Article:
Loco's trip back on after Network Rail u-turn
Minister demands answers over Flying Scotsman ‘farce’
Network Rail bosses were accused of bureaucratic bungling after forcing the cancellation of the rebuilt locomotive’s trip on the Borders railway because they had not confirmed that it would fit within structures such as platforms and bridges on the line.
However, following a furious response to the decision led by Scotland’s Transport Minister Derek Mackay Network Rail undertook checks overnight and it will now make the journey through the Borders and across the Forth Bridge as planned.
Events have been organised in Galashiels and Tweedbank to mark the engine’s journey on the Borders Railway which reopened in September.
Mr Mackay said: “I hope that many people will now get to enjoy the experience of Flying Scotsman returning to Fife, Midlothian and the Borders.
“This however does not explain how we ended up in this farcical situation, nor will it comfort the many people who have been looking forward to this day and have had to amend or cancel travel plans at the last minute.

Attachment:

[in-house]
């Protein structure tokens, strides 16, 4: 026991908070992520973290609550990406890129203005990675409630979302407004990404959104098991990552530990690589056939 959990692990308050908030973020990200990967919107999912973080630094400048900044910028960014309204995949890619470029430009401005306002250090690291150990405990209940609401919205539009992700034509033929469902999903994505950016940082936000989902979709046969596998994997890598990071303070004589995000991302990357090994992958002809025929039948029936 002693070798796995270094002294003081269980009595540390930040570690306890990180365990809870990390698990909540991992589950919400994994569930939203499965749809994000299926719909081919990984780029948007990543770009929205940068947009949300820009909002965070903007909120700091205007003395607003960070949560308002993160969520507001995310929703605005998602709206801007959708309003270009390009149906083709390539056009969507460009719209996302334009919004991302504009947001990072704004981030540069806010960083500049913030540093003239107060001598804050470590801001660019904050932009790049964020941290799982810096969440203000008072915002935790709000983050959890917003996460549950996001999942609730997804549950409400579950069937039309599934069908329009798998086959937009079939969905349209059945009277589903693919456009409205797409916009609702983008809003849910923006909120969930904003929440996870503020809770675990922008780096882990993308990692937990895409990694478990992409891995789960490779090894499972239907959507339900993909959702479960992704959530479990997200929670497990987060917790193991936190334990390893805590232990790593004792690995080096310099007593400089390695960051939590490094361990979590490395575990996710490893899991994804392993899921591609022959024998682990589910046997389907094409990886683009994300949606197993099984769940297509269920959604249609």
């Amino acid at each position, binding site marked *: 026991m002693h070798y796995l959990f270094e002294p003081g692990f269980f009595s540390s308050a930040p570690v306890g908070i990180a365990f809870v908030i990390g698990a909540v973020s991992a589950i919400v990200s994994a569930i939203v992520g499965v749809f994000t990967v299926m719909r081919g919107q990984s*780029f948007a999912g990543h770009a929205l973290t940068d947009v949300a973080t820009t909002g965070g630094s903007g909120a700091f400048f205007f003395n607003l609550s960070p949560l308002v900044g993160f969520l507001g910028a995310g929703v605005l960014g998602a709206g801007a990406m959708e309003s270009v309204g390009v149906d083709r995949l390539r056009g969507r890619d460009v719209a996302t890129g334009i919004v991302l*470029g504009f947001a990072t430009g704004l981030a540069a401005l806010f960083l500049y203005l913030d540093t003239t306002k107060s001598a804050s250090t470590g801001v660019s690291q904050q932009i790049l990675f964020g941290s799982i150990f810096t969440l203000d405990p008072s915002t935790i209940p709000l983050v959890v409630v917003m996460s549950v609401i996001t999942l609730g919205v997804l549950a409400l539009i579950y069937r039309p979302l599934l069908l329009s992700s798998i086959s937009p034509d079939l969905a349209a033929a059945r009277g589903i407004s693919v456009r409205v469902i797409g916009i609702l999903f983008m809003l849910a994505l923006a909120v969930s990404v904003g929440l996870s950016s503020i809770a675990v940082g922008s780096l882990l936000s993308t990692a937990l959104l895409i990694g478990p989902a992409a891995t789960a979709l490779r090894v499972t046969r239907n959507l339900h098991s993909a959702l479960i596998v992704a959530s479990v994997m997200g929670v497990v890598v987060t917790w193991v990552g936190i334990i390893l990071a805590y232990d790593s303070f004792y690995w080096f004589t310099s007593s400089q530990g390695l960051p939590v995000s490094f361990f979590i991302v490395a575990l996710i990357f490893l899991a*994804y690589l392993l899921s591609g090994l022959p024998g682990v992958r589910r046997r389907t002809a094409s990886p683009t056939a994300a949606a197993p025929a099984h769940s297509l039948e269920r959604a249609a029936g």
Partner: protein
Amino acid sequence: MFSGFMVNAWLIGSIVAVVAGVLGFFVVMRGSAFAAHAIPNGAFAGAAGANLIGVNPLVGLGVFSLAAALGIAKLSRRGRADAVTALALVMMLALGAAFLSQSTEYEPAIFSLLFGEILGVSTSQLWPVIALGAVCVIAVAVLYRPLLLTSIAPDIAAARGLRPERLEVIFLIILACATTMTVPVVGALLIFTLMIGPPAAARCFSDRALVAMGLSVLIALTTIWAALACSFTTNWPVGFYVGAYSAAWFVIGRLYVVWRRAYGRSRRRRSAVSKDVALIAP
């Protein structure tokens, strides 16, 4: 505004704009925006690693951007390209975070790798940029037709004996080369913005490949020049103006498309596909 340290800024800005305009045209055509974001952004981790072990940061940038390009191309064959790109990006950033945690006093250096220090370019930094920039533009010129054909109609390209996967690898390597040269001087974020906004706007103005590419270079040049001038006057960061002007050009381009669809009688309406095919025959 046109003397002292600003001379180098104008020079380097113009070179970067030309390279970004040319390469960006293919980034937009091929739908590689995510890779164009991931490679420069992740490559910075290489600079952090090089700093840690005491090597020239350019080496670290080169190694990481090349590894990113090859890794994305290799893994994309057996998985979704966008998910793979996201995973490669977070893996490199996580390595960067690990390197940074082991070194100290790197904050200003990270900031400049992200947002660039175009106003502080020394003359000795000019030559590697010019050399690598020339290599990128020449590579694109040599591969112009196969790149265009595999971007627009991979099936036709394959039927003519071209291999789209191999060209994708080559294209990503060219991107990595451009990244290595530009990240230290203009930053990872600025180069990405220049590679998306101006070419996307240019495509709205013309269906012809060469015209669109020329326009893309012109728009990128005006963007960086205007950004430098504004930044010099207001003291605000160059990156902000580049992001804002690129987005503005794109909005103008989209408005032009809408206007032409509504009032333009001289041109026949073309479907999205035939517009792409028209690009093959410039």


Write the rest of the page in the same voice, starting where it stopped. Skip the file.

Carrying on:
“This is not the end of the matter, I am still committed to seeing a full investigation into the reason why the initial work by Network Rail GB was not completed in time and how it was mishandled so badly.”
Network Rail chief executive Mark Carne offered a “wholehearted and sincere apology” for what had happened. He said: “Engineers and analysts have worked hard to find a way to get the necessary safety checks and engineering assessments done.
“I am pleased to say that we have been successful and are now able to reinstate the original planned tours of Flying Scotsman in Scotland on Sunday.
Steam Dreams, which spent two years planning the £150-a-head trip, had described the late abandonment of the Flying Scotsman’s inclusion in the Scottish leg of the excursion was “an absolute disgrace”.
The steam locomotive, arguably the most famous in the world, arrived at Edinburgh Waverley to huge crowds last night.
It was built in Doncaster in 1923 and made history by becoming the first train to break the 100mph barrier in 1934.
It is now housed at the National Railway Museum in York and a 10-year restoration programme costing £4.2m had just been completed.